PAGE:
However, long-term investment and improvements are necessary in order to create lasting, consistent marketing results. Digital audits normally expose opportunities for long-term investments, which could include:
- periodic design, UX, and branding refreshes to your digital assets
- opportunities for strategic thought leadership through content marketing
- opportunities for internal personnel who can help keep your social media presence vibrant and “on message”
- Google Analytics metrics that point the way to strategic changes to your website
- digital campaigns that support specific business development goals
That being said, there is another way to “prove” the value of professionalized digital marketing, notably to the executive suite: running finite, targeted campaigns to support specific marketing goals. For example:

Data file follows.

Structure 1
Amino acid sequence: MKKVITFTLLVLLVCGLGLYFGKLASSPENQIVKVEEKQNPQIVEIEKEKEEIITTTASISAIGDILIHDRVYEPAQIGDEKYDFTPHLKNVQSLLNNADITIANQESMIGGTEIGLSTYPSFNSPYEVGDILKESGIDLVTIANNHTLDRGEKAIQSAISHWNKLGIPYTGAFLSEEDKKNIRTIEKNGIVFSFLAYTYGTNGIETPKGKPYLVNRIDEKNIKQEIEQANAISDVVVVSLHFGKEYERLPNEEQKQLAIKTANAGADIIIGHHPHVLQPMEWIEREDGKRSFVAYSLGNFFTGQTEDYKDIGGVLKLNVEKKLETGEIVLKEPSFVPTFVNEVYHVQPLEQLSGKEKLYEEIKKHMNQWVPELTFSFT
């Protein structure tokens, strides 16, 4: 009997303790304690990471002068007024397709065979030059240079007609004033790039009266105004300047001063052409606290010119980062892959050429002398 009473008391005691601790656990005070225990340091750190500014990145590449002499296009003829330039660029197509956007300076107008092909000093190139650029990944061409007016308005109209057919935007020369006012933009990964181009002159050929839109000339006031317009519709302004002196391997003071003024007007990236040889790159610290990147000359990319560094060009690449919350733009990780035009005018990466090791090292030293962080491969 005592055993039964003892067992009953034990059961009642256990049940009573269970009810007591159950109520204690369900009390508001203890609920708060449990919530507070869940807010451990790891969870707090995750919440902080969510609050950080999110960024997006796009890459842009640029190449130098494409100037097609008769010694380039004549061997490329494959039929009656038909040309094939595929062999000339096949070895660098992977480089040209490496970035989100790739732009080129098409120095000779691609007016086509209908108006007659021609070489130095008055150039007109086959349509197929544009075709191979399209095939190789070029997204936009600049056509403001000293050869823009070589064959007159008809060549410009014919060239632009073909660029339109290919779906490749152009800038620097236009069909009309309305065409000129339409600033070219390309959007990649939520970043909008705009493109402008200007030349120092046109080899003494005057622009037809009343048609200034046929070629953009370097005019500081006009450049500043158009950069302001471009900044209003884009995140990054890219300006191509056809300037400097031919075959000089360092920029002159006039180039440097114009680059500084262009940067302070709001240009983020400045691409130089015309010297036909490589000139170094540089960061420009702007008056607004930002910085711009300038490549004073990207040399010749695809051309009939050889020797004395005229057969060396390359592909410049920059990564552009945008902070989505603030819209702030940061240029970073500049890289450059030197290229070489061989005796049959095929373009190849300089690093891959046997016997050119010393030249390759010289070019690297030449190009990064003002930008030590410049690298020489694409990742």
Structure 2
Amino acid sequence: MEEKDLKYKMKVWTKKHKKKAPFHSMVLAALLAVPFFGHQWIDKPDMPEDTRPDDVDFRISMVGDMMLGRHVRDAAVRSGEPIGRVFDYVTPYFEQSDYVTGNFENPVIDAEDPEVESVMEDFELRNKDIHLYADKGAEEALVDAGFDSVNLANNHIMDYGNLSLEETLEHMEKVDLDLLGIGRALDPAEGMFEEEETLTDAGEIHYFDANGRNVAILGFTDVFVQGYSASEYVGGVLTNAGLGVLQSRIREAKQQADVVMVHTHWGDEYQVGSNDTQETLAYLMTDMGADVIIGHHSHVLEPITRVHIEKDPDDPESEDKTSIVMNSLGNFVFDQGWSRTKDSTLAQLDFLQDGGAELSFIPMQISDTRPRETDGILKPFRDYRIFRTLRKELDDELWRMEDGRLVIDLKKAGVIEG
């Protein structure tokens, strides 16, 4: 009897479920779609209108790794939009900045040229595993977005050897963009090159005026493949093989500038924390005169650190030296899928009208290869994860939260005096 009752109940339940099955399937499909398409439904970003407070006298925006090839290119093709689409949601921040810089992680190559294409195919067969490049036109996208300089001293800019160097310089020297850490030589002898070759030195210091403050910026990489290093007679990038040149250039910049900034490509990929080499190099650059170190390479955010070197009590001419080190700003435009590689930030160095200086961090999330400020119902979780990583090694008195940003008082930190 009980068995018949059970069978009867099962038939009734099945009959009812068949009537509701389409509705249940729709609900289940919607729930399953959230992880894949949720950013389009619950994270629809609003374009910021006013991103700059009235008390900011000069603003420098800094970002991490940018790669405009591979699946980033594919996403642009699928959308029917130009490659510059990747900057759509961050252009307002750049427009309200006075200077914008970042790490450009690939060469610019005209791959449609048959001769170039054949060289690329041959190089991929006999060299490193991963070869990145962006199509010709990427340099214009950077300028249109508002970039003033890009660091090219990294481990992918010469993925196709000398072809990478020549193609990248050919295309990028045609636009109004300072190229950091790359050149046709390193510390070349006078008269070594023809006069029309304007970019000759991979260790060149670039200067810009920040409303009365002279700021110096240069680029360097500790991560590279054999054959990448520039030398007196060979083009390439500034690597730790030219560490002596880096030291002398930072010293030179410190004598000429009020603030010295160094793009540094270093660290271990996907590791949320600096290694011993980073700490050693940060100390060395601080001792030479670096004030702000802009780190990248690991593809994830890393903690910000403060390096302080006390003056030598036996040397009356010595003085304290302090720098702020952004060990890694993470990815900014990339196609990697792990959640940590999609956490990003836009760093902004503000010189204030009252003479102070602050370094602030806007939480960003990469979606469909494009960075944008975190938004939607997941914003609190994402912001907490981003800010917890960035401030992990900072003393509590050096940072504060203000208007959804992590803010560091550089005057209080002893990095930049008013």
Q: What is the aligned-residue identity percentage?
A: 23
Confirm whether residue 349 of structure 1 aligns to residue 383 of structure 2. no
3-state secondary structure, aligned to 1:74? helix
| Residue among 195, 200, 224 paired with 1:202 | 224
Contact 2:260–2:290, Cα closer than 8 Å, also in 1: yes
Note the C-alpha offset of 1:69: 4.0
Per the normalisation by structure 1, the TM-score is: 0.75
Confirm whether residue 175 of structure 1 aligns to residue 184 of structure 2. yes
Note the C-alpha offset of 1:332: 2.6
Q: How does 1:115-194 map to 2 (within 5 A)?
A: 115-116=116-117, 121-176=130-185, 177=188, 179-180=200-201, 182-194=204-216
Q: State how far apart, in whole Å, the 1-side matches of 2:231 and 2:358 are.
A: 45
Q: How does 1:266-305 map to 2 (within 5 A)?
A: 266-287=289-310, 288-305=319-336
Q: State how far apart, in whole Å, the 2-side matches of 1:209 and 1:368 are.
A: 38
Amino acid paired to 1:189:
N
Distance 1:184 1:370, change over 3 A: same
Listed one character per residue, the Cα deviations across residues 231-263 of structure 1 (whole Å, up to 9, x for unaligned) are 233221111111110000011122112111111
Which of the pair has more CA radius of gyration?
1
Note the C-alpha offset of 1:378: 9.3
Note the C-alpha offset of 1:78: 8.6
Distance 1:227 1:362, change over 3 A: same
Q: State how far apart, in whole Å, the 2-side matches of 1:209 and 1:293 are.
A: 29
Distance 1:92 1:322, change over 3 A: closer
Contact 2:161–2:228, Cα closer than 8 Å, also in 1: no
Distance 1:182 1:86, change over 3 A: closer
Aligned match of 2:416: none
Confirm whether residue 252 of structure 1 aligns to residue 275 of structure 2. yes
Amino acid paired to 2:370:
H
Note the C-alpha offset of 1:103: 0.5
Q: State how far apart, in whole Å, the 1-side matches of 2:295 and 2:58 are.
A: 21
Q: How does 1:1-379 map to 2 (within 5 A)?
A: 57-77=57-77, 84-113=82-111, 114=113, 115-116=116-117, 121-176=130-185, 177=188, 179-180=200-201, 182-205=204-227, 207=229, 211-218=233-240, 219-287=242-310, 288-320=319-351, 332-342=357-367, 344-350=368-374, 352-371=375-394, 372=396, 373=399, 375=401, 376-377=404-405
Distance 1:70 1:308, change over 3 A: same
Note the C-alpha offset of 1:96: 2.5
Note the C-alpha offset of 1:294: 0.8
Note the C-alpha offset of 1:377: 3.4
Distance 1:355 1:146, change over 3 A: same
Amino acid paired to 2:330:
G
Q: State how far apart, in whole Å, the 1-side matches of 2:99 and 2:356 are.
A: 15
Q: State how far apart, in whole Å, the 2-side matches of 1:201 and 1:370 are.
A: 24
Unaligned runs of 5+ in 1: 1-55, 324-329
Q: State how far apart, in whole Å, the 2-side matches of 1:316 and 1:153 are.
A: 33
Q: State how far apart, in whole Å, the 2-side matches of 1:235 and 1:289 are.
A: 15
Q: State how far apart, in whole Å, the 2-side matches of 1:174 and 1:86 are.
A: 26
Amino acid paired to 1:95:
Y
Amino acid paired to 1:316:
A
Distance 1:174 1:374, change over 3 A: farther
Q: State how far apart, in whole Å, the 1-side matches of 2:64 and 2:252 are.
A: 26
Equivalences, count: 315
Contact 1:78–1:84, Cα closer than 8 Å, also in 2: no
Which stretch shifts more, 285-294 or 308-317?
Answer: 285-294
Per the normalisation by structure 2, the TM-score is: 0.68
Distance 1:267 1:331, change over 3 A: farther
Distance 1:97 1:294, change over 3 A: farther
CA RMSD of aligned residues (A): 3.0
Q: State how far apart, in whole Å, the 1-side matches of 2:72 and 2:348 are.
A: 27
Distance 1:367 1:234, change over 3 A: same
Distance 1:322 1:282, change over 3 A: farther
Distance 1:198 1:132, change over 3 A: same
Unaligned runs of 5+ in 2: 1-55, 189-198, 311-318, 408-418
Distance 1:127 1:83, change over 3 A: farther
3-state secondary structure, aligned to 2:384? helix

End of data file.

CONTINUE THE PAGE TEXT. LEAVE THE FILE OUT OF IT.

- Do you have a product or service that the sales team has prioritized? If so, are you supporting that team with targeted landing pages, white papers, or case studies that can be easily consumed by your potential customers?
- If one of your executives is regularly appearing before audiences, is she being supported using “digital validation“ techniques? For example, while she is on stage and the audience is tapping into their smartphones, are you directing her audience to digital content that supports your marketing goals and her status as an industry leader?
- Has your paper marketing collateral been transformed into digital content that both supports sales efforts but also improves SEO for your website?
The point is, in addition to working on the “low-hanging fruit” issues that you’ve identified in your digital audit, your team can focus on developing finite digital campaigns and strategies that both achieve your marketing objectives while proving to the company that digital marketing can be effective.